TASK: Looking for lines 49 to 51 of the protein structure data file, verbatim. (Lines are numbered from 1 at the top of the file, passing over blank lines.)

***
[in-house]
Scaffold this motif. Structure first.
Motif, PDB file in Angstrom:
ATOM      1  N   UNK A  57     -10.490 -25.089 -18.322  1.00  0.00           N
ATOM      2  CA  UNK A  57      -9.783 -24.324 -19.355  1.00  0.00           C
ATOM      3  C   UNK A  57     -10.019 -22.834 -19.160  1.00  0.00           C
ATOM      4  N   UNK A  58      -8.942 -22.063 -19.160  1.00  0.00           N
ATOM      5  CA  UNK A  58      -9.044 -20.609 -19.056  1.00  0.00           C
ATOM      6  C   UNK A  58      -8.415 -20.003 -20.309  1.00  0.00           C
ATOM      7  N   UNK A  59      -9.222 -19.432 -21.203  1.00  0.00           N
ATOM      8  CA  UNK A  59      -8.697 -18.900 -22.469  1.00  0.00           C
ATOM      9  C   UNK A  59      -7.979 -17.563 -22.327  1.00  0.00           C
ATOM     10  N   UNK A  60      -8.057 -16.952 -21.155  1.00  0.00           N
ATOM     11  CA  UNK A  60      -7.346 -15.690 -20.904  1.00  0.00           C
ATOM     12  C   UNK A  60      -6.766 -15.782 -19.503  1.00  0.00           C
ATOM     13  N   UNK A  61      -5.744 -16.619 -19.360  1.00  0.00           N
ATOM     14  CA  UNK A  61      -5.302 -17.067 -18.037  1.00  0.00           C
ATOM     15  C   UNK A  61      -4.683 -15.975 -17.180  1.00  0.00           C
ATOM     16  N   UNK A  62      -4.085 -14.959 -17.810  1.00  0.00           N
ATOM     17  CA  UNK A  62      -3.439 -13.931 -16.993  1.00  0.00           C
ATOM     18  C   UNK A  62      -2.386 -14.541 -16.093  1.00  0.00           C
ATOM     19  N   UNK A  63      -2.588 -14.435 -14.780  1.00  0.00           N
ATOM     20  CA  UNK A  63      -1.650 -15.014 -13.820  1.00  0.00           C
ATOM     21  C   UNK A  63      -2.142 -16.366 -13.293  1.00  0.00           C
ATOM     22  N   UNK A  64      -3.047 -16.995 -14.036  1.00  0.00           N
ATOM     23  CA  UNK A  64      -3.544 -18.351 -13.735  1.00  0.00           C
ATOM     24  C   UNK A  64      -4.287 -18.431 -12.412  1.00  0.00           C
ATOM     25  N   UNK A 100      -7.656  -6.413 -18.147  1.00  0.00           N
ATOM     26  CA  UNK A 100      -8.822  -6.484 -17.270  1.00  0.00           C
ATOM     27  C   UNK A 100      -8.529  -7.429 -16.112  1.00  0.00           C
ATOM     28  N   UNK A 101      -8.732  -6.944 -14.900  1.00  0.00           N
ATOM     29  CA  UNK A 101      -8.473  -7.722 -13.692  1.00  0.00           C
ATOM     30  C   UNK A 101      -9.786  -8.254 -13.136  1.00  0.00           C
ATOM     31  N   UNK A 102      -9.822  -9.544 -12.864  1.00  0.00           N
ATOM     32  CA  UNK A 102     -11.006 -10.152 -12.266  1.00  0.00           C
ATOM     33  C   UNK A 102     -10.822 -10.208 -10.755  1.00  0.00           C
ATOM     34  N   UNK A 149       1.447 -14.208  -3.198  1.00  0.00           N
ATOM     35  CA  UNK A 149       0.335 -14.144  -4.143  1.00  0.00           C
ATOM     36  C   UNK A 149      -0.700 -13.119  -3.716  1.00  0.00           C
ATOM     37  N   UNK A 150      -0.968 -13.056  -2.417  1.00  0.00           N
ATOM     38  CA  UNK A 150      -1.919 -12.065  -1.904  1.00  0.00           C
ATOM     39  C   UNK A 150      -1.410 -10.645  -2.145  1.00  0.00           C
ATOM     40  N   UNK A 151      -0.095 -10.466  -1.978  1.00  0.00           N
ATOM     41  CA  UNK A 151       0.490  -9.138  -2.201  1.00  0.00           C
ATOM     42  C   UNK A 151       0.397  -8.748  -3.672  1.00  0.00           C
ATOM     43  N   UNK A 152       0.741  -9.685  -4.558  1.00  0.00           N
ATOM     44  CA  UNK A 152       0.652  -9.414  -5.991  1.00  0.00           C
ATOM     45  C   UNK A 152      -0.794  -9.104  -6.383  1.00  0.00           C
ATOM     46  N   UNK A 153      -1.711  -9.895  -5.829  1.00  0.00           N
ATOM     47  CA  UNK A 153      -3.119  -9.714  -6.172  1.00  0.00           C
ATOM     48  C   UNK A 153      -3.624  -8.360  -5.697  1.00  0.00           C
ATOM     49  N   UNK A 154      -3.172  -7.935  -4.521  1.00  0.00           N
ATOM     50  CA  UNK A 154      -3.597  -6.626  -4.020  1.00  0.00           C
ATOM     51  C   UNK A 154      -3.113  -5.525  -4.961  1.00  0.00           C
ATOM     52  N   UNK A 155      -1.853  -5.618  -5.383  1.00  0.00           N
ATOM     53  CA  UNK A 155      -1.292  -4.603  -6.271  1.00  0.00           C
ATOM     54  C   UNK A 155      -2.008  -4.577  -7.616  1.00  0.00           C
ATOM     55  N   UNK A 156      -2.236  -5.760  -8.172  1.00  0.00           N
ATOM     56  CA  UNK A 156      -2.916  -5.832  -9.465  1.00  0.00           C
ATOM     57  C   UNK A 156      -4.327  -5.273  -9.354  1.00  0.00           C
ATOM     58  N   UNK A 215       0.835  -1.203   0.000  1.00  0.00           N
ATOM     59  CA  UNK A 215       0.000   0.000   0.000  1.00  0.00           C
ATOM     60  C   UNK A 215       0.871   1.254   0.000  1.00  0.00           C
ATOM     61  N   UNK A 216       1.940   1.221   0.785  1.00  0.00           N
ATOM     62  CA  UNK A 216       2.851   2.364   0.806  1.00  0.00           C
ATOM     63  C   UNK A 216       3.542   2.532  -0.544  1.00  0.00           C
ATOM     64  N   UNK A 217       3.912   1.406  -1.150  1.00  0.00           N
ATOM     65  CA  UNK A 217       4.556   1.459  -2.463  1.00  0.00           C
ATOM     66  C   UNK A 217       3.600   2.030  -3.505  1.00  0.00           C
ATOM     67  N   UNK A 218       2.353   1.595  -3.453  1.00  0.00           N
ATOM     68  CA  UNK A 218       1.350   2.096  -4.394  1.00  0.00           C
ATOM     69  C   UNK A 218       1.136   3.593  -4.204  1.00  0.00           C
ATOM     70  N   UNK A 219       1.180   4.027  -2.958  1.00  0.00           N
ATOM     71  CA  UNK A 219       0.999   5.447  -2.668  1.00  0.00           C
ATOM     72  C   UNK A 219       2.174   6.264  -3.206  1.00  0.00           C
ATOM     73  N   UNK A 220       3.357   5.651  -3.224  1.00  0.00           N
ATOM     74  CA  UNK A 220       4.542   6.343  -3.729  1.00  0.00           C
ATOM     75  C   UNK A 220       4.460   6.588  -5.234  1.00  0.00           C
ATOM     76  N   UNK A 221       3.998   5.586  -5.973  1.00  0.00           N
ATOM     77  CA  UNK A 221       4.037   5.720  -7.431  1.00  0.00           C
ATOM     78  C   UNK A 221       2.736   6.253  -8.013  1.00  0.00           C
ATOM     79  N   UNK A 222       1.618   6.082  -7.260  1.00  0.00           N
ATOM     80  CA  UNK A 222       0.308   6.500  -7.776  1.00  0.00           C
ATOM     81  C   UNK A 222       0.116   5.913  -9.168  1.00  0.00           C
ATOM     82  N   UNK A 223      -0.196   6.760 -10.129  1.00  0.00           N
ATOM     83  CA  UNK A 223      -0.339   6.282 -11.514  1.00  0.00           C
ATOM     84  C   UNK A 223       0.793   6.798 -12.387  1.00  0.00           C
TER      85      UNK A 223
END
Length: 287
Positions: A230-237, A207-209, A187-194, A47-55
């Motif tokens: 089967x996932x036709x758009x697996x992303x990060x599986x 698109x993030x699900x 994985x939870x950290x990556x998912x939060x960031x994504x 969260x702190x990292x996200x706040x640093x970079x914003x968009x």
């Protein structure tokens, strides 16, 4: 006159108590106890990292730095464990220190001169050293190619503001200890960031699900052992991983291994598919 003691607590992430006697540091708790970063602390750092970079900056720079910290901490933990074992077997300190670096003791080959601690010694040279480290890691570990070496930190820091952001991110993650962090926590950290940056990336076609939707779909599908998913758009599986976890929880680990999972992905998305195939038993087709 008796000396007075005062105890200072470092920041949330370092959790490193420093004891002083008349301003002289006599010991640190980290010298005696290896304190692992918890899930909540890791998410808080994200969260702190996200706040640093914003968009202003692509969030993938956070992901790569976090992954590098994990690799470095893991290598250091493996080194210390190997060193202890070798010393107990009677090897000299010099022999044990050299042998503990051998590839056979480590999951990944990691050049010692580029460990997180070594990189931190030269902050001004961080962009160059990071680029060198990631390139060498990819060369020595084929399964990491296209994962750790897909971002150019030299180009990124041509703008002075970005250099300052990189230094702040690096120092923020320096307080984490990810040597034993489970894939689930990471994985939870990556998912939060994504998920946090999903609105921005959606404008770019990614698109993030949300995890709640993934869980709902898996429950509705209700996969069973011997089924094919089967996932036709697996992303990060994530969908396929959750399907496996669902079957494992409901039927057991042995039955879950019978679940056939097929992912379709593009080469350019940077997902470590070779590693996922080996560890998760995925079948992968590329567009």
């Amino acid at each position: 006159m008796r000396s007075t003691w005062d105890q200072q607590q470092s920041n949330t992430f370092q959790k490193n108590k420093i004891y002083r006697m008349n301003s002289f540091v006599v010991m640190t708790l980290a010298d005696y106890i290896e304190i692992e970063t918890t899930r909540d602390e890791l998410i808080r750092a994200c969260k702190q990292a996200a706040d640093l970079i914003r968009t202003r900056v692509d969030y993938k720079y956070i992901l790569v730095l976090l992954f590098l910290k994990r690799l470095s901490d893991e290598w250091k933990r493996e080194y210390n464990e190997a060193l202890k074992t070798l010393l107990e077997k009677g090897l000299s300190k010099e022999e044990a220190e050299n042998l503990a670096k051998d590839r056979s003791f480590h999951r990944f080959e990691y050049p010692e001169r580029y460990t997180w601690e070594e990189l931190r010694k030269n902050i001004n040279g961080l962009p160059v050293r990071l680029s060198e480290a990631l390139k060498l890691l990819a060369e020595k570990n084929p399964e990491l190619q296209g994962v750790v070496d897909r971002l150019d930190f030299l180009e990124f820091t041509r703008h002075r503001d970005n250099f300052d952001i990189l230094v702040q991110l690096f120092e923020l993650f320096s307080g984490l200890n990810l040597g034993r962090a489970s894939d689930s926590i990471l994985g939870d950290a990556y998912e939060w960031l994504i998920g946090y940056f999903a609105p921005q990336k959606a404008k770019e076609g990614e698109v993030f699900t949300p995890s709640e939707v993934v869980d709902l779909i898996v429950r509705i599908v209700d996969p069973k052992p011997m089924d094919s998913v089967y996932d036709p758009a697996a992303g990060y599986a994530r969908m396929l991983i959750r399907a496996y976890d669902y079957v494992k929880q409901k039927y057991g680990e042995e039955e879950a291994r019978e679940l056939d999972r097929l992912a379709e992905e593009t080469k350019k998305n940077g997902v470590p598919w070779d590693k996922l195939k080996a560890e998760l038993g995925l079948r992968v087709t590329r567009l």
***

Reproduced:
ATOM     46  N   UNK A 153      -1.711  -9.895  -5.829  1.00  0.00           N
ATOM     47  CA  UNK A 153      -3.119  -9.714  -6.172  1.00  0.00           C
ATOM     48  C   UNK A 153      -3.624  -8.360  -5.697  1.00  0.00           C